Tamar Haspel says salads like iceberg lettuce are low in nutrition

It is a truth universally acknowledged that the generic salad is rubbish.

Dress it up however you want – with bacon, croutons, or a blue cheese dressing – when you take away the extra bits that make salad at least a tiny bit more edible you’re left with a bunch of soggy lettuce leaves.

So it’s probably good news that Tamar Haspel, a food columnist for the Washington Post, has asked us to start thinking of salad a little differently.

New food trends have brought in a variety of ways to make salads seem more exciting, and chefs like Yotam Ottolenghi are credited by many for popularising leaves and vegetables as a main dish rather than something to have on the side.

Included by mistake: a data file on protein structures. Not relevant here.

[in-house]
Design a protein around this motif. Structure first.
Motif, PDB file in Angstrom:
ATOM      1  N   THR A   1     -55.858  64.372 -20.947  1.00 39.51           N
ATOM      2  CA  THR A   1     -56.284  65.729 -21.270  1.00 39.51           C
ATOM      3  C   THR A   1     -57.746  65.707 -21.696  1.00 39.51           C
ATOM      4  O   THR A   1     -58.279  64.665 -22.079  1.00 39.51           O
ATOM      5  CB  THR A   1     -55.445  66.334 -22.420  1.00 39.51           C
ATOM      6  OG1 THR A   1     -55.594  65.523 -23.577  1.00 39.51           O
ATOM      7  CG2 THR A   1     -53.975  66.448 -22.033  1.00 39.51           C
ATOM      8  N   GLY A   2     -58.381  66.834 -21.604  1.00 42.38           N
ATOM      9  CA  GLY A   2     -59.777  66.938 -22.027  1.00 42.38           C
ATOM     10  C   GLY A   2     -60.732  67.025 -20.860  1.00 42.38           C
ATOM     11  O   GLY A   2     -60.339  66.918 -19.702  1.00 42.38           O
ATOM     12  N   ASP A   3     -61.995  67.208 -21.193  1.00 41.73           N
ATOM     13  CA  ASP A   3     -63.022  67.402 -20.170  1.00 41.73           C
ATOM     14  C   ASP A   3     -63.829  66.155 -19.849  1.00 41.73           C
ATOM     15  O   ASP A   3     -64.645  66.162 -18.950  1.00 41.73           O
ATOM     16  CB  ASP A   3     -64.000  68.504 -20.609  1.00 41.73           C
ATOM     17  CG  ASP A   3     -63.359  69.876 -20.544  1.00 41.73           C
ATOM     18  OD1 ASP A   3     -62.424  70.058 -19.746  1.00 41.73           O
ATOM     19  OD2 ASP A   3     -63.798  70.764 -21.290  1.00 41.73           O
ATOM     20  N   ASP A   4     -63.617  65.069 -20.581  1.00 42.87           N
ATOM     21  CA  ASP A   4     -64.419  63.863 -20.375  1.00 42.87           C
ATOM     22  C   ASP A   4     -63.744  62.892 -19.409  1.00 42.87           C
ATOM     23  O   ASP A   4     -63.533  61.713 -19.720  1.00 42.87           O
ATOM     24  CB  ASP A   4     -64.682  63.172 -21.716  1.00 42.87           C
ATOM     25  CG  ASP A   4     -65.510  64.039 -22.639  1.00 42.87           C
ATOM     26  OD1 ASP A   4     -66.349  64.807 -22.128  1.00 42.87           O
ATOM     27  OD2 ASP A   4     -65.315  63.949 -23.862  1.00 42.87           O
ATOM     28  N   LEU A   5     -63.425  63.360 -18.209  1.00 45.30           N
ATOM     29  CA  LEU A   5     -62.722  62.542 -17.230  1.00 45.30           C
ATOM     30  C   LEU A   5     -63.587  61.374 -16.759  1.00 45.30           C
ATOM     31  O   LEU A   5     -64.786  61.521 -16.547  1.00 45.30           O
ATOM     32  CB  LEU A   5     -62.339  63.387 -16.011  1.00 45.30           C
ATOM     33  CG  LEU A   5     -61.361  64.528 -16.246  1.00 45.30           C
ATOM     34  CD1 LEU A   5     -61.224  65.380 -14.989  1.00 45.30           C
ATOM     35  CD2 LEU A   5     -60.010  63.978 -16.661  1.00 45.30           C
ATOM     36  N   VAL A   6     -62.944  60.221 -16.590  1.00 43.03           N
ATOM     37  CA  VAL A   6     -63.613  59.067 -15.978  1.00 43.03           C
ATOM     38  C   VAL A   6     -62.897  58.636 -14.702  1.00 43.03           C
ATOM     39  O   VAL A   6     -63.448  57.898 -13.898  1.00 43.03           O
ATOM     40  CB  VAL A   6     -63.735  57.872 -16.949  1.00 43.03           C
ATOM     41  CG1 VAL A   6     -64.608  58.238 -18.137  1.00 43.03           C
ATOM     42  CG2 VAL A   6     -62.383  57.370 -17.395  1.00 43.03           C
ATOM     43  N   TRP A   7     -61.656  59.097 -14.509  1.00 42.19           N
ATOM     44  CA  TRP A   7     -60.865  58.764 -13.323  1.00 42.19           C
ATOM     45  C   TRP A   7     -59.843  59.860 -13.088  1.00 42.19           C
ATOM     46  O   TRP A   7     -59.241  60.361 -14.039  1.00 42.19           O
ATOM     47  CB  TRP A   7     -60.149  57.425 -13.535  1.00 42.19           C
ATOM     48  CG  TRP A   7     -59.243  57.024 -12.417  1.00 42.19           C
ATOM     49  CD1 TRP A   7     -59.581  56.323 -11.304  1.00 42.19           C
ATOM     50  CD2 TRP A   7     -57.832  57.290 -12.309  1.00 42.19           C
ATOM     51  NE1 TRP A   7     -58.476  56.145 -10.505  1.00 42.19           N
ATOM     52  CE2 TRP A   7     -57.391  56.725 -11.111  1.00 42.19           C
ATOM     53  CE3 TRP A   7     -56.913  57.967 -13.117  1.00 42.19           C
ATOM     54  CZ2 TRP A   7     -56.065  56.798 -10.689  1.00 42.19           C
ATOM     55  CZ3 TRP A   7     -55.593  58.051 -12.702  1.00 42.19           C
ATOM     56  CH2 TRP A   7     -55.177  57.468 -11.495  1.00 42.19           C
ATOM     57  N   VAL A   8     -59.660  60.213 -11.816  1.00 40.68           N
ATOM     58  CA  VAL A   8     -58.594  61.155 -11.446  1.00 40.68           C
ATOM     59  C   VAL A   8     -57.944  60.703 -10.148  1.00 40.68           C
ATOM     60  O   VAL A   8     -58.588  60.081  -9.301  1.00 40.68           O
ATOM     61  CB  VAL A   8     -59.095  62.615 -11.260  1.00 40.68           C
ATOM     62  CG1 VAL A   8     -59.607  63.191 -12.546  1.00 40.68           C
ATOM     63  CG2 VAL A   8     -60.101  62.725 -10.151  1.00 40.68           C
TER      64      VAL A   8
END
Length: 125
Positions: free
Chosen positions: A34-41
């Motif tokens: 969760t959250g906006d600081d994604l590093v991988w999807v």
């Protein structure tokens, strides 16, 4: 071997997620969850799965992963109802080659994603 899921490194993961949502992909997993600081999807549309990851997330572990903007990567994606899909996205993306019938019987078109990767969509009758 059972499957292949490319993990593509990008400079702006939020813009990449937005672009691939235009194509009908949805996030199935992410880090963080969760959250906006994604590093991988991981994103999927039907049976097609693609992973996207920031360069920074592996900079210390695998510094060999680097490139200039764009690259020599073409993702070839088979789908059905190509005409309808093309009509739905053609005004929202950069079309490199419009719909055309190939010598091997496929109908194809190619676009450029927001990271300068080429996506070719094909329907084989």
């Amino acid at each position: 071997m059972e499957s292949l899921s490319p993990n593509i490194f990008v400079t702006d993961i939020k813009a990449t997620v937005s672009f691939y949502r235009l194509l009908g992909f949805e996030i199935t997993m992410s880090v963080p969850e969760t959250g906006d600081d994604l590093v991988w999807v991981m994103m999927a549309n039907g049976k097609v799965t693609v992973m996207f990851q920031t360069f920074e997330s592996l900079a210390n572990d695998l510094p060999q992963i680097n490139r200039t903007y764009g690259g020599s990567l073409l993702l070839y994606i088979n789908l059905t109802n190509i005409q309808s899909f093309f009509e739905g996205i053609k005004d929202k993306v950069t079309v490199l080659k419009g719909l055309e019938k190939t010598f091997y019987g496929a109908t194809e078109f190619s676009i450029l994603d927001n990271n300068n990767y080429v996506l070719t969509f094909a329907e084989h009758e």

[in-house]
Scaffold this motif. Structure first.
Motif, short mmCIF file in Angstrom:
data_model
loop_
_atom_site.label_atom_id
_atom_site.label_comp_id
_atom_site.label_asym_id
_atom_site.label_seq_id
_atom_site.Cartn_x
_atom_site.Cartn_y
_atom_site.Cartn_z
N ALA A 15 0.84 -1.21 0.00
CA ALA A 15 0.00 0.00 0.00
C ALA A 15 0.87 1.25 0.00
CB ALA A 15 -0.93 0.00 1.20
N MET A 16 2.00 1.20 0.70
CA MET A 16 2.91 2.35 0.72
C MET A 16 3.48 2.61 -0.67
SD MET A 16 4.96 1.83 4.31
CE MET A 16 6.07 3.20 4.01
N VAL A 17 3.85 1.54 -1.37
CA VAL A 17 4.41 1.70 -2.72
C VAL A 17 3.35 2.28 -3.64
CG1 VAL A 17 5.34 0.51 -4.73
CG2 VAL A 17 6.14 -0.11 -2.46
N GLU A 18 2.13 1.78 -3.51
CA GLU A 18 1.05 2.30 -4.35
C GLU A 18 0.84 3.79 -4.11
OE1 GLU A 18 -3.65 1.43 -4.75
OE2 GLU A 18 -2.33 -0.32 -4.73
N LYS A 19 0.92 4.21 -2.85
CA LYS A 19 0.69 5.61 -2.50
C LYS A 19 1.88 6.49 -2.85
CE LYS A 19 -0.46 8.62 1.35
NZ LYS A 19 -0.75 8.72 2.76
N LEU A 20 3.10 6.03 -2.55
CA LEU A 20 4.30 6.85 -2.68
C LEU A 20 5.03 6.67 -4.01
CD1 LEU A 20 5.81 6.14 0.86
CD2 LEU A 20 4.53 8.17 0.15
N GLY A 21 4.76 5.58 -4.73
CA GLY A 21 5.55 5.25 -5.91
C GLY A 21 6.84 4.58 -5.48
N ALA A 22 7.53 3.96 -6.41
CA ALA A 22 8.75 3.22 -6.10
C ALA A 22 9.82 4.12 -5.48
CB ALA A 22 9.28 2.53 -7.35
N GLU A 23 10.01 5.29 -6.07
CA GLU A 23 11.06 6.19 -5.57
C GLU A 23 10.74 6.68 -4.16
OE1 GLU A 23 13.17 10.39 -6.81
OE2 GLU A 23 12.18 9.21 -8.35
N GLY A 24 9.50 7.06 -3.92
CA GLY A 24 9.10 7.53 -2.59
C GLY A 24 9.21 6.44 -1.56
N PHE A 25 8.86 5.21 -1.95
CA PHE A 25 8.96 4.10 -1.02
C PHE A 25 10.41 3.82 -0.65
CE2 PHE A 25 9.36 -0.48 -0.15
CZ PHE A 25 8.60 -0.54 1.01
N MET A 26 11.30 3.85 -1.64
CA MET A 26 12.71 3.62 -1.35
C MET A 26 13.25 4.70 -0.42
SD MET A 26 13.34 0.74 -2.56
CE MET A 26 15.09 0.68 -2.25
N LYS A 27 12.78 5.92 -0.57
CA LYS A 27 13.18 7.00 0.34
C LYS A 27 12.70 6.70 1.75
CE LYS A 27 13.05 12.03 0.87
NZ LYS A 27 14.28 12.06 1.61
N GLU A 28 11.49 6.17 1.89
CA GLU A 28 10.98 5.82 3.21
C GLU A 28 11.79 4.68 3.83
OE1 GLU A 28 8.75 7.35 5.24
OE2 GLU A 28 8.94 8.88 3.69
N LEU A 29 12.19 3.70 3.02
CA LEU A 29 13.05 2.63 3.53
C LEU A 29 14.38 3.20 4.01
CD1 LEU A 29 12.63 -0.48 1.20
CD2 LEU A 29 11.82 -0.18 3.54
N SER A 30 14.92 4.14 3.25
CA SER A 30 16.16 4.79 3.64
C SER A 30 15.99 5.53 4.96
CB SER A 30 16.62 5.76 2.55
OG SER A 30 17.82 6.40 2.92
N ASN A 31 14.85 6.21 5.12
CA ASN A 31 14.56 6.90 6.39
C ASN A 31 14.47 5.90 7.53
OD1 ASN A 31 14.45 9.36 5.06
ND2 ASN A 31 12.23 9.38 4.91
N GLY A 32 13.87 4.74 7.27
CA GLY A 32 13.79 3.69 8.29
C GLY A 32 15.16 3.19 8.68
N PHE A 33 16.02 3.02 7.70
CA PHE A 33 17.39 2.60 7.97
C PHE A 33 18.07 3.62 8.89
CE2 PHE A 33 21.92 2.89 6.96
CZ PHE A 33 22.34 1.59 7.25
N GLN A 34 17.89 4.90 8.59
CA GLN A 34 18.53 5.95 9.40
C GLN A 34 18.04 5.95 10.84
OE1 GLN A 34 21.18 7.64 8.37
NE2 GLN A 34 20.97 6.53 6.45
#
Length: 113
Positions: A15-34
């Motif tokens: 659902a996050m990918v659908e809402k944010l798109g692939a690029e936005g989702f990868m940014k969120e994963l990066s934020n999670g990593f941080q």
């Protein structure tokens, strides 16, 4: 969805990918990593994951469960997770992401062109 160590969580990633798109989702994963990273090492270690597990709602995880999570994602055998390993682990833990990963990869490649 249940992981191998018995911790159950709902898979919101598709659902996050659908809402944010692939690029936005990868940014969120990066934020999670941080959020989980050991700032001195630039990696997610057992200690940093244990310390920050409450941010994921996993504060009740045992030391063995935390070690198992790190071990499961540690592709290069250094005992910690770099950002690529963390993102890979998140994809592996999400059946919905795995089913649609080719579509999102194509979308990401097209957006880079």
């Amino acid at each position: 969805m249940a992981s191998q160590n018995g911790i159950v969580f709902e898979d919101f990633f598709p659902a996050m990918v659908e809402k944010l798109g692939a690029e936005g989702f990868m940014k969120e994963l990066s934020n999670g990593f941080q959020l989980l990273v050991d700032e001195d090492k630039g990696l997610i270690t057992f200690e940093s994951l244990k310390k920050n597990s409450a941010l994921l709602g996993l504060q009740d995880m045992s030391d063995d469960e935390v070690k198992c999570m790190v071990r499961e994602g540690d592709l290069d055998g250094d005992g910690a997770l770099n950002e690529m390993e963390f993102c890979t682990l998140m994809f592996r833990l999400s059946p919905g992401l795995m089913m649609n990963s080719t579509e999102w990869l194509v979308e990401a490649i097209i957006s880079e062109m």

But salad vegetables are low in nutrition, Haspel says. "The biggest thing wrong with salads is lettuce, and the biggest thing wrong with lettuce is that it’s a leafy-green waste of resources."

In the US it's the top source of food waste for vegetables, and apparently also the chief culprit for foodborne illnesses.

Haspel argues that if we switched to more nutritious vegetables like tomatoes or green beans, we could free up the acres given to lettuce, reduce our usage of fossil fuels and the resources needed for transport and storage.